“We have a different perspective”

The team from Corker Outdoor, Award sponsor Jason Varney (Thomson, Snell & Passmore) & Eamonn Holmes

Stepping into the bijou premises that Edney & Edney optometrist and opticians occupies on Monson Road you immediately get a sense this is a specialist retail business that’s had a lot of thought and passion poured into it.

Multiple rows of brightly coloured Kirk & Kirk glasses frames greet you on arrival just before you reach the main minimalist space of the independent eyewear store, where you’ll find all manner of über cool looking spectacles all beautifully displayed on backlit custom-made shelving that ranges from polished glass to funky metal.

It’s fair to say that Edney & Edney feels more like a chic boutique for those in the fashion know rather than your average opticians – but then that’s exactly what owners Jamie and Ayshah Edney who own and run the business want you to think.

“When we launched Edney & Edney five and a half years ago we had a very clear vision and that was to be the complete opposite of a high street optician,” explains Jamie as we sit down to chat at his desk.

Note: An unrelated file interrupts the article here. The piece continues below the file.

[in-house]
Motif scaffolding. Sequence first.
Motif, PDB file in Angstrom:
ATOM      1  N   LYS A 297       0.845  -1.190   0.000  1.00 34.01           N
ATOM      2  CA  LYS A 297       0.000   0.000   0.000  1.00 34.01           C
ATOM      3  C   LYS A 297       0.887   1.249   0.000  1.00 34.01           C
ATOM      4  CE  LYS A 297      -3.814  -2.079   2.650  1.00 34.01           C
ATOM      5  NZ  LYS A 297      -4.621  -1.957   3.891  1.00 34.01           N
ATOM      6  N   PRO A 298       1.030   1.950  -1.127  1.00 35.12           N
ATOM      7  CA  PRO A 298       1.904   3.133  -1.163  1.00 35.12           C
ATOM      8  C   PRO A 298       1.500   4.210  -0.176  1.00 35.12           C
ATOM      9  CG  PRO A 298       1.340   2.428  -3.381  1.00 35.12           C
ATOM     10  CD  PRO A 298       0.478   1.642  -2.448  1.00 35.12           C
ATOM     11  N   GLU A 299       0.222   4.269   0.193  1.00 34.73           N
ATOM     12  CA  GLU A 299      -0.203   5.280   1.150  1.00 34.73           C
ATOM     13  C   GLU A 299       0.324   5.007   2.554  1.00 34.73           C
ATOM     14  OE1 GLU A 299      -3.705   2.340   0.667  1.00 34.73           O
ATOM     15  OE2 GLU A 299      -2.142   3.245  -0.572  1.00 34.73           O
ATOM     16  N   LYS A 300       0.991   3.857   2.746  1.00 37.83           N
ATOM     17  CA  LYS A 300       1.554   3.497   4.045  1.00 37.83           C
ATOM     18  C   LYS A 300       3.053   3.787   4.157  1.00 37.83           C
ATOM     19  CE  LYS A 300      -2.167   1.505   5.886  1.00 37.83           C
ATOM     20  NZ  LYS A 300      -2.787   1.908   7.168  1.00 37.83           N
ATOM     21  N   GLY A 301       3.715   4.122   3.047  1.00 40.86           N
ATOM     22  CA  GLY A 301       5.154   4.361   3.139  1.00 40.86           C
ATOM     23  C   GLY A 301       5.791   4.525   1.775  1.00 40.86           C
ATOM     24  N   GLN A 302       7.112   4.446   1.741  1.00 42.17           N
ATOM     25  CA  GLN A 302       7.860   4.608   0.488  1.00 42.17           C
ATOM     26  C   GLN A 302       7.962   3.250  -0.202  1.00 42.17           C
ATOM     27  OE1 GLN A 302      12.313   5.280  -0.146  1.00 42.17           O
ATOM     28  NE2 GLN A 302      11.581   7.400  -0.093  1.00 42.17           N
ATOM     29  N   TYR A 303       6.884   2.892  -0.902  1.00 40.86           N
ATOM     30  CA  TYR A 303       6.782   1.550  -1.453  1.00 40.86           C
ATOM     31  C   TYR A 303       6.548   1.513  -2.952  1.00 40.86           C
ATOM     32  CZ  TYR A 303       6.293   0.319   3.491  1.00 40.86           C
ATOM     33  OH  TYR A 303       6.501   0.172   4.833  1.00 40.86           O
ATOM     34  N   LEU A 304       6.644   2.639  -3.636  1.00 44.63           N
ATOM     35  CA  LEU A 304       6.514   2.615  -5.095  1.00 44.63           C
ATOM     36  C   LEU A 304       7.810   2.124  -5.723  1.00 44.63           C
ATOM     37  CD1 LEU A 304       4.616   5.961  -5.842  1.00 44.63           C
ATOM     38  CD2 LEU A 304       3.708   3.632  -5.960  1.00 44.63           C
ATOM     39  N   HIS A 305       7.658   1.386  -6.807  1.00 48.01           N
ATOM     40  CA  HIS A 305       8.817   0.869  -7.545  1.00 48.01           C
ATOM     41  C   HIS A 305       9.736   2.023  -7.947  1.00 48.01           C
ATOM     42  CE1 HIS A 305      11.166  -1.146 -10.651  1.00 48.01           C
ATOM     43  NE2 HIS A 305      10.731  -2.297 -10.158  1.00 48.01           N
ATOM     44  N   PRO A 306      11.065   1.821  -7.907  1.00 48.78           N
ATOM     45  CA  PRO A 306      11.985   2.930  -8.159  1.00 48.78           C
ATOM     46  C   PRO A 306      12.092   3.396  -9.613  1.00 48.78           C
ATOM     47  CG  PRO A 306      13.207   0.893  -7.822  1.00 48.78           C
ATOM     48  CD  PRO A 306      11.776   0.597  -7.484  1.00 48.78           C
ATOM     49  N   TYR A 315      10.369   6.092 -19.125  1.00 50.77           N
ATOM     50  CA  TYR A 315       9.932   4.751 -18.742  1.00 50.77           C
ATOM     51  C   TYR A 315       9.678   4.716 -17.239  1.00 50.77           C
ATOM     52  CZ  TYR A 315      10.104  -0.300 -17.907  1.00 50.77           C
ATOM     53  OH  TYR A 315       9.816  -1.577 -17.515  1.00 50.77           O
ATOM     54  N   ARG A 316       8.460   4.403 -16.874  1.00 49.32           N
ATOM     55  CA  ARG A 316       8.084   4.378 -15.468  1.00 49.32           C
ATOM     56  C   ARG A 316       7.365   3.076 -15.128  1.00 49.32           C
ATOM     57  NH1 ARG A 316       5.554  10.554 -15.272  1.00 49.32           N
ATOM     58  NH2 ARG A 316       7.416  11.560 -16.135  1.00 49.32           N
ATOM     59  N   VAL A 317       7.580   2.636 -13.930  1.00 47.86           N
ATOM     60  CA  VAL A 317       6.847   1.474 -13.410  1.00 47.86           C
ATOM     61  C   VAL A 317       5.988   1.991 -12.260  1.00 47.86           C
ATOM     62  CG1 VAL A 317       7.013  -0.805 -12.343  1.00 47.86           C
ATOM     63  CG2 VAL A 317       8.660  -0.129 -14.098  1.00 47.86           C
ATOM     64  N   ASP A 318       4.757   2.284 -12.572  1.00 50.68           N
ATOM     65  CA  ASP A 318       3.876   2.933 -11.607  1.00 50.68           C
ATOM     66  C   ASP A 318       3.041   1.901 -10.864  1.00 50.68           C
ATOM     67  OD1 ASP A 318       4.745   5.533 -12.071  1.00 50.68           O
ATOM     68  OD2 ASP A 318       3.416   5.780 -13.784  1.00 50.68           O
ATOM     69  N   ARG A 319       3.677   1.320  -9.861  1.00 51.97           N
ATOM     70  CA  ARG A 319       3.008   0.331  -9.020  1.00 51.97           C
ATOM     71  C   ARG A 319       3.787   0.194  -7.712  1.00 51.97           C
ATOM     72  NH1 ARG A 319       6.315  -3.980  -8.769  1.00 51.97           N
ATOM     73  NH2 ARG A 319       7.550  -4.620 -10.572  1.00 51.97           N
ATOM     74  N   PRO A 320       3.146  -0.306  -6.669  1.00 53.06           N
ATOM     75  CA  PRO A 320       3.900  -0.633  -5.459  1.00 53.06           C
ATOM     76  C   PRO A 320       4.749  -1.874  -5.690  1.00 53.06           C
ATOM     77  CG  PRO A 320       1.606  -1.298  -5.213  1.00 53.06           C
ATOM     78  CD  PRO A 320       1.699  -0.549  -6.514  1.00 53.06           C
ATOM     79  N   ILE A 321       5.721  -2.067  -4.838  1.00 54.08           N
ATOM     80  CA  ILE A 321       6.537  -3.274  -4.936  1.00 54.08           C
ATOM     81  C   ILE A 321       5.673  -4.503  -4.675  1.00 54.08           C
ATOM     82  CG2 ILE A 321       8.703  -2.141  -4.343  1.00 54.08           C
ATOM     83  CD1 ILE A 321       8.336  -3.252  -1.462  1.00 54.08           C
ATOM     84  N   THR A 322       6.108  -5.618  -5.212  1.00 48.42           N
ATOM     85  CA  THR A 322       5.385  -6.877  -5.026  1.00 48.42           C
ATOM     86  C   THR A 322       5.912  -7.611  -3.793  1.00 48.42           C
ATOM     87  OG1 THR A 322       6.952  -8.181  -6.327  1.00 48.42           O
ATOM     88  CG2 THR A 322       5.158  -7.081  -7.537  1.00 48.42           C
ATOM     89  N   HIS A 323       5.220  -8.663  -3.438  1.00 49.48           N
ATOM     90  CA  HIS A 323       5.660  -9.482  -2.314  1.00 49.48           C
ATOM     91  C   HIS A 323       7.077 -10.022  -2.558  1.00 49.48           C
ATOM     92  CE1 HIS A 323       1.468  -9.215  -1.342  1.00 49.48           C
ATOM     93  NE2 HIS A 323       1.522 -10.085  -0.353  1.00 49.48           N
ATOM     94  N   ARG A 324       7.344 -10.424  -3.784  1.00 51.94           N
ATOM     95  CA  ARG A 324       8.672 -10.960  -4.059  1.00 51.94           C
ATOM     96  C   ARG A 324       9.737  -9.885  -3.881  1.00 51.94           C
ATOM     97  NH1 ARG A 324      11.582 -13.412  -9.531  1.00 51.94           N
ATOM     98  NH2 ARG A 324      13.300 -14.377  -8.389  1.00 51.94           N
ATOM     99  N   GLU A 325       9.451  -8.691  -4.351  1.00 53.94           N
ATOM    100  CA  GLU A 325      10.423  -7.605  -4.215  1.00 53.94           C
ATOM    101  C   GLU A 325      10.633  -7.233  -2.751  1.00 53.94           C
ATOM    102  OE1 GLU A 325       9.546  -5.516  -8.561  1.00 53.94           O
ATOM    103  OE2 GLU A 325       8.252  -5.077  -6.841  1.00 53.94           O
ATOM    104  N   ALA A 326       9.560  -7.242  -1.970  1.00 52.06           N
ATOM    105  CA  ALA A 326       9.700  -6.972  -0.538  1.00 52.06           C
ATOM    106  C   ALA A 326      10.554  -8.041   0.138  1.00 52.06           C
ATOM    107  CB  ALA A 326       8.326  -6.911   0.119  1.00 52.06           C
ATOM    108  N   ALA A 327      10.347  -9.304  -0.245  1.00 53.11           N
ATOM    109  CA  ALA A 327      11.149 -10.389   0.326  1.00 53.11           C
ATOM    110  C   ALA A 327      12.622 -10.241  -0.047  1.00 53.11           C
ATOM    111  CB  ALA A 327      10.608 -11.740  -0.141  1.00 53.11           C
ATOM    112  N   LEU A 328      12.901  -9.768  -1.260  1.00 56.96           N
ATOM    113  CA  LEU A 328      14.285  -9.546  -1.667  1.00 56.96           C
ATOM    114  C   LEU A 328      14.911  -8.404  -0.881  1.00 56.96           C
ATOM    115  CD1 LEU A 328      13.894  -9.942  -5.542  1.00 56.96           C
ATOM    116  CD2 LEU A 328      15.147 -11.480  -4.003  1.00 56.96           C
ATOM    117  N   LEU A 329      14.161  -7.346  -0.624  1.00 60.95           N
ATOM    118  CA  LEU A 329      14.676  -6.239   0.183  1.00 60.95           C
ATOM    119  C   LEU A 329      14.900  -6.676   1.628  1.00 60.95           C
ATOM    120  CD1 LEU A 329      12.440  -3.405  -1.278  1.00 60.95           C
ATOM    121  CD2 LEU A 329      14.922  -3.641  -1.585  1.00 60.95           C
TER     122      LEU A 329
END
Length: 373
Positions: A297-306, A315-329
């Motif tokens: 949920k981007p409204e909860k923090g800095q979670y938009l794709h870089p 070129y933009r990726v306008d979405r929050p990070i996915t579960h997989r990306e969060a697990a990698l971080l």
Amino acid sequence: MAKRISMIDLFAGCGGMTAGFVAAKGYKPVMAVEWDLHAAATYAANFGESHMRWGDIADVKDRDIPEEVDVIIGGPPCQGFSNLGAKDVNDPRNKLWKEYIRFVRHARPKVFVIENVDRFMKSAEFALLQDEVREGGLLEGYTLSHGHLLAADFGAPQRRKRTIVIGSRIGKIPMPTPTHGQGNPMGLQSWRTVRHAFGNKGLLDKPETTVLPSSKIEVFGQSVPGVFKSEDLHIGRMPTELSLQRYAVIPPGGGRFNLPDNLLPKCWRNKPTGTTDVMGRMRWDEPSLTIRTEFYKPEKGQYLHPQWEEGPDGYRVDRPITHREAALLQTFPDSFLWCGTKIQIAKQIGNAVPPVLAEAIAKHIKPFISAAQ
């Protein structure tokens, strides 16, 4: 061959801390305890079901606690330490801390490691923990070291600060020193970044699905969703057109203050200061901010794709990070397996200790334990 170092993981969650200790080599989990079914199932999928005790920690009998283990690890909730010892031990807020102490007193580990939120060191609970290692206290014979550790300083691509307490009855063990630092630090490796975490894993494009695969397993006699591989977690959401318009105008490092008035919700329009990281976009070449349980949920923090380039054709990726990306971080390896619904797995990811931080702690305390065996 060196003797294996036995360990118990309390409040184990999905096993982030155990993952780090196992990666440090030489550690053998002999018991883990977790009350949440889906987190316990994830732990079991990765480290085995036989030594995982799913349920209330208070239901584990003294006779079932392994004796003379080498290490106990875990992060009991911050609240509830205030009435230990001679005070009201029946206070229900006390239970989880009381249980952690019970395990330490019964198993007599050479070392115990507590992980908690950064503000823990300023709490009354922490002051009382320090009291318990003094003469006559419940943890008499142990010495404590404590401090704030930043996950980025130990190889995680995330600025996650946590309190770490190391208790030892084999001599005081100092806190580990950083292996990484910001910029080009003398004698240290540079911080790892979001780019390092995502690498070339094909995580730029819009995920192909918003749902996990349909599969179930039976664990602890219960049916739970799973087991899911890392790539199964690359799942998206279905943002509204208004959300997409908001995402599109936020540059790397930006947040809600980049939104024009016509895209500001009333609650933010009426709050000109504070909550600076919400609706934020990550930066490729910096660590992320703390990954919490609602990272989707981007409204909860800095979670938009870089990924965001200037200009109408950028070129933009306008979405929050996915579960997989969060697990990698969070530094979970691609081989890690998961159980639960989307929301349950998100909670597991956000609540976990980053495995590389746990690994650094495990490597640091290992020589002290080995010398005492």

Bedecked in a funky pair of tangerine coloured Kirk & Kirk glasses, a smart tailored tweed jacket and the coolest pair of yellow laced boots, Jamie certainly doesn’t look like the type of person who’d test your eyesight.

He starts by explaining how he and his wife Ayshah have 40-plus years of combined experience in the optics field and that after years of working for mainstream opticians they were both determined to create something very different for the eyewear market.

“I’m a dispensing optician and Ayshah is an optometrist. The easiest way to think about how we operate is it’s a bit like a doctor and pharmacy type set up. Ayshah finds out what a person’s eyesight needs are and I get the prescription made up.”

Jamie, who also employs an assistant optician, says he spent most of his career working in Tonbridge while Ayshah operated out of Sevenoaks before they started their own business.

“We’d harboured a dream to work together for a long time so five and a half years ago, just after we’d had our second child and I had turned 40, we thought to ourselves if we don’t do it now then we never will,” continues Jamie.